AACR: 2 years in, Amgen fortifies Lumakras lung cancer data fortress for upcoming Mirati, Novartis KRAS battle

Amgen is busy building Lumakras’ case, taking advantage of an unexpectedly longer lead over KRAS rival Mirati Therapeutics.

Two years in, Lumakras’ data in previously treated KRAS G12C-mutated non-small cell lung cancer (NSCLC) continued to look solid. The first-in-class KRAS inhibitor shrunk tumors in 40.7% of patients, with the response lasting a median of 12.3 months, according to data presented at the American Association for Cancer Research (AACR) annual meeting.

The results improved upon data from the previous interim analysis, which showed a 37.1% response rate and 10-month duration recorded after 15.3 months of follow-up. The latest two-year update from the phase 1/2 CodeBreaK 100 trial also found that Lumakras takers went 6.3 months without their disease progressing and lived a median of 12.5 months.

“We want to ensure that with this prolonged follow-up, we continue to see this durability of response and this ultimate impact on overall survival, which was confirmed in this trial,” P.K. Morrow, M.D., Amgen’s vice president of global development, said in an interview with Fierce Pharma.

After two years, 32.5% of the patients were still alive, which the investigators noted compared favorably to historical data from Bristol Myers Squibb’s PD-1 inhibitor Opdivo in a broader, previously treated NSCLC population across two phase 3 trials.

Lumakras also conferred a “consistent benefit” across patient subgroups, including those with brain metastases and those whose tumors had low PD-L1 expression levels and STK11 co-mutations, Morrow said.

Of the 40 patients—out of a total 174—who lived at least 12 months without disease progression, nine had brain metastases, 28 had previously received both chemotherapy and PD-1/L1 immunotherapy and 16 tested negative for PD-L1.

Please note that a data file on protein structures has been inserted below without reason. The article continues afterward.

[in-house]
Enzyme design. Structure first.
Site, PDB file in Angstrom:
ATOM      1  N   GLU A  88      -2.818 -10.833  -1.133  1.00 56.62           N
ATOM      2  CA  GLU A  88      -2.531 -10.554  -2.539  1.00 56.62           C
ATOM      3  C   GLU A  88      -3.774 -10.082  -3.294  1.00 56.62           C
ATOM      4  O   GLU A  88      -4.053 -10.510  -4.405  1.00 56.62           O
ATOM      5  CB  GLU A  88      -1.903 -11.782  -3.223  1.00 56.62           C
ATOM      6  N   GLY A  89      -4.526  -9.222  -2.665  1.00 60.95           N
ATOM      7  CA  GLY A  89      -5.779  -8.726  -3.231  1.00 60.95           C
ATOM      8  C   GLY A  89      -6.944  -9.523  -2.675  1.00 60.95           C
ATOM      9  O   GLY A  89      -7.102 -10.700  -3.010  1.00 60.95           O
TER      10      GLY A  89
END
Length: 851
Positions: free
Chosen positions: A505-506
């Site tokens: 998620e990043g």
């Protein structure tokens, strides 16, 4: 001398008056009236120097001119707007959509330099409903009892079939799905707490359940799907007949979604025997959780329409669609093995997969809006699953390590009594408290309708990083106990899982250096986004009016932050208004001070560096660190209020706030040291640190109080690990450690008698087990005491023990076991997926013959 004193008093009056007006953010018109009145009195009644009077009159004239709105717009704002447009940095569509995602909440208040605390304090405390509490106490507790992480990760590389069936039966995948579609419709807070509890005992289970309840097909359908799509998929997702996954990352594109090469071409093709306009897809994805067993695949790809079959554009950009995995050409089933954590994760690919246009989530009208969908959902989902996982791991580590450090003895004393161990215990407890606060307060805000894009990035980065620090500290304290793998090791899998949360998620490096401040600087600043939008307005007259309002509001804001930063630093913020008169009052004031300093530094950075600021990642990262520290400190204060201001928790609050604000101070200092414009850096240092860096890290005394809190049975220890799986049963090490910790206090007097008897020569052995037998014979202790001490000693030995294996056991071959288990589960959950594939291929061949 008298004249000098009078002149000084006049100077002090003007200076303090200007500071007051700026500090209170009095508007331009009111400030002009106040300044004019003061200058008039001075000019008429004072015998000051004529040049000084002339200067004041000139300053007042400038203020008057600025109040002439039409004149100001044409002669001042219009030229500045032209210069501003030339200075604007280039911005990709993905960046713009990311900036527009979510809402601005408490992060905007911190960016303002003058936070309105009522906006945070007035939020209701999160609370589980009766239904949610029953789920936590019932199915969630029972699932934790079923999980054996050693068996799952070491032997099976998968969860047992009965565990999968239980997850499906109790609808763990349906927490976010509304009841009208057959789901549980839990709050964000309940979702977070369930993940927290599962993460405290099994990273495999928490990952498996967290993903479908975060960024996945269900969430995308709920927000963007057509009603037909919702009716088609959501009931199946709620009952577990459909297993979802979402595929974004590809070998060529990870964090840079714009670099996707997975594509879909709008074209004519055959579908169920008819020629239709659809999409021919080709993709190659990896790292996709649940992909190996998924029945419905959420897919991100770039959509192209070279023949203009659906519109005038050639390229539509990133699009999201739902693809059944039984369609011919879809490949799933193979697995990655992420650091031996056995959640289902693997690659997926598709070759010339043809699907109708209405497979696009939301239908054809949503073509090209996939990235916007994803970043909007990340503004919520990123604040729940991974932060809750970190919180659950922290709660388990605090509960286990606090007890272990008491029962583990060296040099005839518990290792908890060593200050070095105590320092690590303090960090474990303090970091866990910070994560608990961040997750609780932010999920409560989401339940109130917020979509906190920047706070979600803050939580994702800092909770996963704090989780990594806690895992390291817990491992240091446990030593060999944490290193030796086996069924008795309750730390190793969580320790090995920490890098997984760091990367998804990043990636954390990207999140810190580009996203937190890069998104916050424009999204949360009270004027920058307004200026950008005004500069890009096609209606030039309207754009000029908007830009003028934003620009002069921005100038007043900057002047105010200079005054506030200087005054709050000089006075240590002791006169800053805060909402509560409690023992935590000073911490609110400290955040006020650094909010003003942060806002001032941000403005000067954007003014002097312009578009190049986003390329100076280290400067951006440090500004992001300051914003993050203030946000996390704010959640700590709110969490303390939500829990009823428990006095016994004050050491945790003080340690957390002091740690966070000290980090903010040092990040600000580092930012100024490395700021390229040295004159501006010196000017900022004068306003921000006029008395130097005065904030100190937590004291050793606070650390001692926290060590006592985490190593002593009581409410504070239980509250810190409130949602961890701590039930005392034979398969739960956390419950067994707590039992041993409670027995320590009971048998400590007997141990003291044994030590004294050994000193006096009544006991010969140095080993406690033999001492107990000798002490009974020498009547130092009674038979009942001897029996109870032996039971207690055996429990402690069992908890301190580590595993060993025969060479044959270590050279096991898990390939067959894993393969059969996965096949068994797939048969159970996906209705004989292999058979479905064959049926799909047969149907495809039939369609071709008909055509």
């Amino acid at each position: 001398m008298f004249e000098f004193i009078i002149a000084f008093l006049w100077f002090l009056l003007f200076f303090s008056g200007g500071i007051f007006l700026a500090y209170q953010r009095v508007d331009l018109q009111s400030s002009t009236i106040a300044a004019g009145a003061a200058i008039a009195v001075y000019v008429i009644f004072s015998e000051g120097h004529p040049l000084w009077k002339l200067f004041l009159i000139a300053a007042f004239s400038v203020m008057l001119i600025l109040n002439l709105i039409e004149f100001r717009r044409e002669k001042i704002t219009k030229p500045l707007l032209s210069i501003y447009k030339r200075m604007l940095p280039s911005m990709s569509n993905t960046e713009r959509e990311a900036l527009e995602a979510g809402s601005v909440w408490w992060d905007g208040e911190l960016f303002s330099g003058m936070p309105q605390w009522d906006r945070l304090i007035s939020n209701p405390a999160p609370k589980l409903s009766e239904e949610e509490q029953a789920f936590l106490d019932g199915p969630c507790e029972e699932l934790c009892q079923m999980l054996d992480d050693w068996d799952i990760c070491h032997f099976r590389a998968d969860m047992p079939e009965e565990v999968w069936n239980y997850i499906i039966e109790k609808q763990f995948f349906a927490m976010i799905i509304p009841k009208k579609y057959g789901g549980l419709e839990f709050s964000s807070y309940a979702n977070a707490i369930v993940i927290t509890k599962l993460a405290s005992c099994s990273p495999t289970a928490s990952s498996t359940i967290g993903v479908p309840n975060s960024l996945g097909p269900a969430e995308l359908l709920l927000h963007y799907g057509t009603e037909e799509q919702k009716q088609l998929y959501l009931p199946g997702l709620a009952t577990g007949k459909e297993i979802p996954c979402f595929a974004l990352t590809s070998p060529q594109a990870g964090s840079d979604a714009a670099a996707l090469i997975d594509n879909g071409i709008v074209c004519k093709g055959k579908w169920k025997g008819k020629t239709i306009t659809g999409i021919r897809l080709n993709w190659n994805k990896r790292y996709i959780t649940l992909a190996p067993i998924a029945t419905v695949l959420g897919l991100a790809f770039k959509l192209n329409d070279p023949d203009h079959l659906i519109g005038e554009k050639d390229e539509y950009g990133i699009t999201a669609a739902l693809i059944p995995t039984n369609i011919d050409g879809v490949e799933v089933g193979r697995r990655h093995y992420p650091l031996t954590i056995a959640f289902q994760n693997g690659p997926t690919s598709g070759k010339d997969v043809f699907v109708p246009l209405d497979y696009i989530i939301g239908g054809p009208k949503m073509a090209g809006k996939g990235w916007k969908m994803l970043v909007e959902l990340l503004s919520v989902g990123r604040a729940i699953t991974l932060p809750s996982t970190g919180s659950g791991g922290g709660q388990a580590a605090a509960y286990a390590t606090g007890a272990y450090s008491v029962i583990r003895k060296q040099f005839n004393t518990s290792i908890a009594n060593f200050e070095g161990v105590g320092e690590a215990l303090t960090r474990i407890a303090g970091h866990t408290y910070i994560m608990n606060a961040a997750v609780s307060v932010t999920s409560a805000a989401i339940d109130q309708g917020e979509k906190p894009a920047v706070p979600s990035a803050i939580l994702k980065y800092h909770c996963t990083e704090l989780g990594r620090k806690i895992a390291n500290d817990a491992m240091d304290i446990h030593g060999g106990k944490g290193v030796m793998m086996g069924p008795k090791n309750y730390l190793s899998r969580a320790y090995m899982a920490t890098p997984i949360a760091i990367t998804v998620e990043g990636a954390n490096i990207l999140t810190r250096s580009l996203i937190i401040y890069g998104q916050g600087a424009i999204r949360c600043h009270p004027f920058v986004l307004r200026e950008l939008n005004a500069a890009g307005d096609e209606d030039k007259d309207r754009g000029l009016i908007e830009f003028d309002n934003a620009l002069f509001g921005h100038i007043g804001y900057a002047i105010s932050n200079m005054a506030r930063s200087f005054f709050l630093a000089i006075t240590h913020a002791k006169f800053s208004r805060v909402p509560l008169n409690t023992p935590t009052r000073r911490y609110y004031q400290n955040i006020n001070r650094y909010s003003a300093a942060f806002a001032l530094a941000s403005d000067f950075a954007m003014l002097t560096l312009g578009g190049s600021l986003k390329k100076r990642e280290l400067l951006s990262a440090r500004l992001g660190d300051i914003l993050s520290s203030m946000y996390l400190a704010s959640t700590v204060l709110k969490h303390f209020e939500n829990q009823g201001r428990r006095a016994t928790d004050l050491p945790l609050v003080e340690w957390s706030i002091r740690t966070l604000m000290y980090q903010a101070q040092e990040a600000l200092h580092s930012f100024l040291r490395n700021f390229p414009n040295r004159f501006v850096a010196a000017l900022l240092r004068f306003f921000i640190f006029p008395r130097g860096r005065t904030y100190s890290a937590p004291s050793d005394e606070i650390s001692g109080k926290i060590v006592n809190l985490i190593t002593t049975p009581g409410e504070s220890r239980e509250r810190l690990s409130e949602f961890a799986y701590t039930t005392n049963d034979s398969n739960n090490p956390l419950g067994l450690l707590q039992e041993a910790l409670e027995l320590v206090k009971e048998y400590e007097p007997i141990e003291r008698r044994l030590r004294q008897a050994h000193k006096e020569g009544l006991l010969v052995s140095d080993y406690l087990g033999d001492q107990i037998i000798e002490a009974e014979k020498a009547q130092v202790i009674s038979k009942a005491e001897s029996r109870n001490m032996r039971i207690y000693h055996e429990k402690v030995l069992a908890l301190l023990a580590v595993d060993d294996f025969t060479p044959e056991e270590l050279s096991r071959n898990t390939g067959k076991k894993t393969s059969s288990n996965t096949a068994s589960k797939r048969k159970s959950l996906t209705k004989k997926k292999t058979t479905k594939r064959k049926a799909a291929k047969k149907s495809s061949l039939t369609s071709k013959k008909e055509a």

Amgen hopes the new data will help Lumakras establish a stronger foothold as rival KRAS inhibitors draw near. Despite being the first drug approved against KRAS, a historically undruggable target, Lumakras suffered a rough start, which Amgen has attributed to COVID-19. After an FDA accelerated approval in May 2021, the drug reeled in $45 million in sales that fourth quarter, below Wall Street’s expectation of $62 million.

Amgen recently cut Lumakras’ addressable U.S. patient population in previously treated NSCLC to 7,000 from the previous 13,000 laid out last June, Piper Sandler analyst Christopher Raymond noted this February. The 7,000 actually covers only the second-line population, an Amgen spokesperson told Fierce Pharma. The later-line settings represent a one-time market opportunity during the initial launch phase, as new patients would start the med in the second line.

The focus remains on moving Lumakras to earlier treatment lines and expanding into other indications, and Amgen is exploring different combination strategies.

Lumakras’ confirmatory phase 3 trial, CodeBreaK 200, which compares the Amgen drug to chemotherapy docetaxel in previously treated KRAS G12-mutant NSCLC, is expected to read out in the second half of this year.

The timeline puts some pressure on rival Mirati’s KRAS inhibitor, adagrasib, after the FDA pushed back its decision date for a potential accelerated approval in the same NSCLC setting to Dec. 14. Adagrasib’s and Lumakras’ tumor response rates in NSCLC don’t look too different, but the Mirati drug’s early efficacy results in colorectal cancer appeared stronger than those the Amgen rival achieved in its own trial.

Meanwhile, Novartis is also reporting phase 1/2 NSCLC data for its KRAS candidate, coded JDQ443, at this year’s AACR meeting and is prepping to launch a phase 3 trial soon.

On the combination front, later this year Amgen will report initial data on Lumakras coupled with Merck & Co.’s PD-1 inhibitor, Keytruda, and with Revolution Medicines’ SHP2 inhibitor, RMC-4630.

Amgen recently signed on another SHP2 inhibitor, BridgeBio Pharma’s BBP-398, to pair with Lumakras. With two SHP2 partners, Amgen is looking at ways to “optimize the benefit-risk profile” of a Lumakras combo, Morrow said. Morrow wouldn’t say whether Amgen is moving forward with either of the two compounds but said the company is monitoring data, especially potential differences in safety profiles.